Washington has lots of trees

Washington state's natural beauty is a treasure trove of varied geography and landscape. From the rugged desert-like landscapes of Places east of the Cascades to Rainforests on the wet side of the Olympic Mountains. Leafy deciduous trees and rugged pine trees all call Washington home. Different kinds of birds call many of these trees home.

I used to look up, see a leafy nest, and think it was a bird’s nest. 

Tree in Wenatchee, WA
Winter-time tree in Wenatchee CREDIT: Connor

If you pause and observe the trees of your local neighborhood, you might notice large bundles of leaves perched high above. They’re easier to find during the Winter - with the leaves gone.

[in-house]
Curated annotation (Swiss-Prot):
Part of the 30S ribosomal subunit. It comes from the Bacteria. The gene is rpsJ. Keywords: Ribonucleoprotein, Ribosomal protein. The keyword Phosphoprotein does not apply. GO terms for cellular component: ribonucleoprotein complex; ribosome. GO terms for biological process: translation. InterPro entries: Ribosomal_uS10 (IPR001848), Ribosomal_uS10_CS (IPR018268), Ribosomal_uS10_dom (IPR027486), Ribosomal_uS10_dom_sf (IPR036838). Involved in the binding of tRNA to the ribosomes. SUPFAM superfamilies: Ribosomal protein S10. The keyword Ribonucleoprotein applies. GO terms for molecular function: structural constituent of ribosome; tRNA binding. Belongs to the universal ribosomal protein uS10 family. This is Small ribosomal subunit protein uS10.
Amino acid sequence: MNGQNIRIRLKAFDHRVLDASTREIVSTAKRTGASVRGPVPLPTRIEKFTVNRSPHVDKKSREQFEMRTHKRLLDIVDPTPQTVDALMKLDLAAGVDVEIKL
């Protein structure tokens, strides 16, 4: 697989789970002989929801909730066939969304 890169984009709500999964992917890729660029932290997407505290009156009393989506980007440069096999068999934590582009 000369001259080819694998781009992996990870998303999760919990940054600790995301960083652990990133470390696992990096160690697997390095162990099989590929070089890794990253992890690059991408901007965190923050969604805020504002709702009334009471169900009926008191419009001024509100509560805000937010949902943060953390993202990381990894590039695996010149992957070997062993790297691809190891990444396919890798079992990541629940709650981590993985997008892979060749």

Tree in Wenatchee, WA
Wenatchee Tree - closer view CREDIT: Connor

While one might assume these to be bird nests, there's more to them than meets the eye. Many of these nests did start as a home for birds - many of these large nests with old dried-out leaves and twigs are home to - squirrels. 


These leafy homes, known as dreys, serve as cozy year-round homes for squirrels. Concealed by dried fall foliage during warmer months - dreys offer protection and sanctuary for squirrels. They have been repurposed and expanded upon to rest, stay warm, and nurture their young.  

Drea near WVC Campus in Wenatchee
Squirrel Drea near Wenatchee Valley College Campus CREDIT: Connor

So, next time you find yourself strolling amidst the natural splendor of Washington, take a moment to look up and you might just spot a drey, a hidden gem amidst the tree canopy, offering a glimpse into the fascinating lives of the year-round tree dwellers.

INFO: Geography Realm

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